Matteo Loves, Portrait of Maria Caterina Farnese, 17th century
January 1815 Evening Dress from Ackermann’s Repository.
“A celestial blue crape frock, over a white satin slip, ornamented round the bottom with a deep border of tulle or net lace, embroidered with shaded blue silks and chenille; short full sleeve, trimmed with tulle or net lace; the dress trimmed entirely round the top to correspond. Hair parted in the center of the forehead, confined in the Grecian style, and blended with flowers. Necklace of pearl; eardrops and bracelets to correspond. Slippers of blue satin or kid. White gloves of French kid.”
Louis-Leopold Boilly, The Amateur Print Collectors, 1810
Bouillotte lamp. This is my personal favourite style of lamp. The term bouillotte comes from a vying 18th century French gambling card game of the Revolution, based on a game called Brelan, very popular during the 19th century in France and again in America for some years starting in 1830. Bouillotte is regarded as one of the games that influenced the open-card stud variation in poker. The bouillote lamp was the style of lamp used on the special table (called a bouillotte table) that the game was played on. The original lamps obviously having candles.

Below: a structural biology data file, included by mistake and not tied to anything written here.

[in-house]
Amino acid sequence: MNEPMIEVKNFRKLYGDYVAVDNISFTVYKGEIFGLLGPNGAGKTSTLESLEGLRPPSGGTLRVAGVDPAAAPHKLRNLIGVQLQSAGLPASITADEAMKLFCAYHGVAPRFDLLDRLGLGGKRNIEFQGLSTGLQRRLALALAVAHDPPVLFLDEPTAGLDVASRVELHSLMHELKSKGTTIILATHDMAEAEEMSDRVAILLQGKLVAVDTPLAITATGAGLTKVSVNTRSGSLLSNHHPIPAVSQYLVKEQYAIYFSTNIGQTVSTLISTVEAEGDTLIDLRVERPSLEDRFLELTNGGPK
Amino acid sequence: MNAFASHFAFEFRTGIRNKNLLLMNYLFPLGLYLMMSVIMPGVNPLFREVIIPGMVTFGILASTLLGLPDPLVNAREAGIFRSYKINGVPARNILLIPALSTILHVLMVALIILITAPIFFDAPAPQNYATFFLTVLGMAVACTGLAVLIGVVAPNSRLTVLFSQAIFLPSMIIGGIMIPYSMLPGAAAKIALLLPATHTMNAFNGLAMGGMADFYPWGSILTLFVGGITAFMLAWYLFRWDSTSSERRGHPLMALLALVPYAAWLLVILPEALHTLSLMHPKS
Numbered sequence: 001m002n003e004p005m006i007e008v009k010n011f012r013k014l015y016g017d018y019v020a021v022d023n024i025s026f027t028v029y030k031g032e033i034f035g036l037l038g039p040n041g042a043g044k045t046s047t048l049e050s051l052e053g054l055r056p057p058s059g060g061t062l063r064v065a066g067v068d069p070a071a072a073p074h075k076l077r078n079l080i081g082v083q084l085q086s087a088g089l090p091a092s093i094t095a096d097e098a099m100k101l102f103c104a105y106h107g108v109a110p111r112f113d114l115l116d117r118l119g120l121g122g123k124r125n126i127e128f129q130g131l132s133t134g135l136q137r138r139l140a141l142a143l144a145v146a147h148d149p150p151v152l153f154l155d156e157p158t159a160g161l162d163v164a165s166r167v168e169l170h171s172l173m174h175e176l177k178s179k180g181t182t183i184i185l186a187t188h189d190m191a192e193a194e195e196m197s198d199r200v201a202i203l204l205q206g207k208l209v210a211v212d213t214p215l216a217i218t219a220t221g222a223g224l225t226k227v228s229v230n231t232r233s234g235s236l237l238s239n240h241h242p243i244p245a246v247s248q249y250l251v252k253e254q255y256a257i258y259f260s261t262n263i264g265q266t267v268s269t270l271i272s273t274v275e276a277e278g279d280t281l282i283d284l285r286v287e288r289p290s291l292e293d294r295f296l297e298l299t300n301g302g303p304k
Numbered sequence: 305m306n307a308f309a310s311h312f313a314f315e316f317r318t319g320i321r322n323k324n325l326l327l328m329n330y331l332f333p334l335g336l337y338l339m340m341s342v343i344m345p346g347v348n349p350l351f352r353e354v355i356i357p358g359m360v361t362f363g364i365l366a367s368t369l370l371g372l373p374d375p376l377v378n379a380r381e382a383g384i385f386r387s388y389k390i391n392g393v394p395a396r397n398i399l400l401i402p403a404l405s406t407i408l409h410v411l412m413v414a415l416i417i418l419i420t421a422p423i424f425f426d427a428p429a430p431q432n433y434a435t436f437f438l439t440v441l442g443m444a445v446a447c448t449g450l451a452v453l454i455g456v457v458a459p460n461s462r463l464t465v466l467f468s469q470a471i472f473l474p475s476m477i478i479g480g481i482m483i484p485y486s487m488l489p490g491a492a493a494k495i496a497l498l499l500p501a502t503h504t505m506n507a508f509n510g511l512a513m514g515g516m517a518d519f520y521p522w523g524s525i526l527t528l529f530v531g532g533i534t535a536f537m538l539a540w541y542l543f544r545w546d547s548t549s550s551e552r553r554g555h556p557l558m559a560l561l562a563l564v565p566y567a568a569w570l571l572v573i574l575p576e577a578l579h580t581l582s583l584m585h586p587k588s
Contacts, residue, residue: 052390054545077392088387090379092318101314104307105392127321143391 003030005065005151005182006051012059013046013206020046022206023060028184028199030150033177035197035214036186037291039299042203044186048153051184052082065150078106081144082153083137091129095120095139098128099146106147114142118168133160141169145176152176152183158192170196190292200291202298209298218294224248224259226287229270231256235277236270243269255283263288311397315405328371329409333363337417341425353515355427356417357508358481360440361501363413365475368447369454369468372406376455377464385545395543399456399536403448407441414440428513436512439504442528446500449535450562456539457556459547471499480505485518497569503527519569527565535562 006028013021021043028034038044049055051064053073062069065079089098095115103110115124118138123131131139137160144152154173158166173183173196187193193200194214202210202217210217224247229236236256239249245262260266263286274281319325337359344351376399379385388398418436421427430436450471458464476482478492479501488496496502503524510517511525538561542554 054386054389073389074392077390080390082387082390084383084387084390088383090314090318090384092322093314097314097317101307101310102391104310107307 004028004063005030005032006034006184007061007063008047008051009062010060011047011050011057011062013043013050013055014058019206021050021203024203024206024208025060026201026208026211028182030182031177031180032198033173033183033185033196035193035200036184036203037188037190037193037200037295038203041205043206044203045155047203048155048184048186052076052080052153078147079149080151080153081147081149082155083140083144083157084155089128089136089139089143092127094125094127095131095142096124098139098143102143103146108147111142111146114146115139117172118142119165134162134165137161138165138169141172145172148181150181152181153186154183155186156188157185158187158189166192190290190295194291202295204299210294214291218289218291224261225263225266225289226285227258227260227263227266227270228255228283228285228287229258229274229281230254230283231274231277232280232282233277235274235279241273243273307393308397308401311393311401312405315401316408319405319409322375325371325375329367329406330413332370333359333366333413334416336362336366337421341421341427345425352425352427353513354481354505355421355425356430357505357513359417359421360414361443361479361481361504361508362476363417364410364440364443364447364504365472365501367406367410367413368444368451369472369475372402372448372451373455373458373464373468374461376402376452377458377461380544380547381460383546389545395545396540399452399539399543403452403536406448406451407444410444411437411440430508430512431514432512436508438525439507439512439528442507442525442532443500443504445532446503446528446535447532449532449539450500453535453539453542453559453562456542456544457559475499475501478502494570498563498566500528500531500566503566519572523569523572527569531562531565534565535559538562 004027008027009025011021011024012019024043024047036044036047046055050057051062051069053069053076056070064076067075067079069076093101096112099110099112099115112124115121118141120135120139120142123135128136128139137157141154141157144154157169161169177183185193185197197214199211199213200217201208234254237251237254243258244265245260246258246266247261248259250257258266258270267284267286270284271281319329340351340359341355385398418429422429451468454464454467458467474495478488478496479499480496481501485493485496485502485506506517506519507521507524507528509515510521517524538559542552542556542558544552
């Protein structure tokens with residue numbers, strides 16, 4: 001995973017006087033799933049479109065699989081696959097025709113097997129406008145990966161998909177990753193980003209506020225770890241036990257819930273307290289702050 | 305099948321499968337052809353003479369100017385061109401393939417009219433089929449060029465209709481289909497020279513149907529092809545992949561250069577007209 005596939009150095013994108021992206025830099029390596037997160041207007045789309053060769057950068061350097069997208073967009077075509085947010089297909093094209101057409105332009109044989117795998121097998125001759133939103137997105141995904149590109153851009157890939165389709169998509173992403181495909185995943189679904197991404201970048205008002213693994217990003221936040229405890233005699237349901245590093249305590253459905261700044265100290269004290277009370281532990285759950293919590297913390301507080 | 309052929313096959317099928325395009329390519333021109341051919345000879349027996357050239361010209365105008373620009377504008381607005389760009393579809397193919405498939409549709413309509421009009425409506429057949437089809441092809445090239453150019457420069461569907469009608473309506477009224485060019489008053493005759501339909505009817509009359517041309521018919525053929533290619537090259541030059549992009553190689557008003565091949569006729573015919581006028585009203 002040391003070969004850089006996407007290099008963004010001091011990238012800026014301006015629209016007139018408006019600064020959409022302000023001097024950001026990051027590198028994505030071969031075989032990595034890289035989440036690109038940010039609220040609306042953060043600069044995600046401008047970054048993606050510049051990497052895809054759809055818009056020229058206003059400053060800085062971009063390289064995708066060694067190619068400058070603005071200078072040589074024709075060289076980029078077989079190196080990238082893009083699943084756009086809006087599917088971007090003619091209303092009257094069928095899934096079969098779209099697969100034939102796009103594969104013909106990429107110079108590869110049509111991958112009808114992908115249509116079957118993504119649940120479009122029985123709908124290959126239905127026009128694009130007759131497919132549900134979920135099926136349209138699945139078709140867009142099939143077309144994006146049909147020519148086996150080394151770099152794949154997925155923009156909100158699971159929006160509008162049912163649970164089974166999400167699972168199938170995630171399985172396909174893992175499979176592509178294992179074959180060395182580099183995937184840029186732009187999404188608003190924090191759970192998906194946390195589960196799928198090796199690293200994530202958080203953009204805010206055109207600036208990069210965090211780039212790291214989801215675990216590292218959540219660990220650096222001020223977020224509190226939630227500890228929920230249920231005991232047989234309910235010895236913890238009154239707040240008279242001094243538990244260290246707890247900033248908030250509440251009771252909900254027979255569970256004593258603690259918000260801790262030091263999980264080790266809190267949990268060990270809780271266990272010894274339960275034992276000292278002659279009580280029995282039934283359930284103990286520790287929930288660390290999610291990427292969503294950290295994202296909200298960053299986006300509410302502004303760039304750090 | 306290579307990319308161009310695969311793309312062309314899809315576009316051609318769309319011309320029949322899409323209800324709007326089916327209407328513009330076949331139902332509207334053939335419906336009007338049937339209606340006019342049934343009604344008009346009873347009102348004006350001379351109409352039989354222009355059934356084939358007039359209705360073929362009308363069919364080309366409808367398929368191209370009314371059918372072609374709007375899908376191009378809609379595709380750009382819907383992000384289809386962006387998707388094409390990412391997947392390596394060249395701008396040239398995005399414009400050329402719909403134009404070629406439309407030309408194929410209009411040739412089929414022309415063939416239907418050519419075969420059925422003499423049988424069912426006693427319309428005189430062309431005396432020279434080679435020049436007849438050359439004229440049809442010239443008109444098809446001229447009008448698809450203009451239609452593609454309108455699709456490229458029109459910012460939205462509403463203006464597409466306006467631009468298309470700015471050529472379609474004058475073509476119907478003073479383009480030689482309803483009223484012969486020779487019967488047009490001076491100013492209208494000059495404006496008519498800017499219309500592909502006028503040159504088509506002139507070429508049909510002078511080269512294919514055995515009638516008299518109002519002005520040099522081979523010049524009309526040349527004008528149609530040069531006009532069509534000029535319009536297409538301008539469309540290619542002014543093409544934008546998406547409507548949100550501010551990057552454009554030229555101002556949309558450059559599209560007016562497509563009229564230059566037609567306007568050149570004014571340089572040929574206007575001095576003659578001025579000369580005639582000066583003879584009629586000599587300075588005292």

Alexander Roslin.King Gustav III of Sweden and his Brothers. 1771.
Oil on canvas.
State Hermitage Museum. St. Petersburg, Russia.
Vase Marie Antoinette : Petit Trianon, Versailles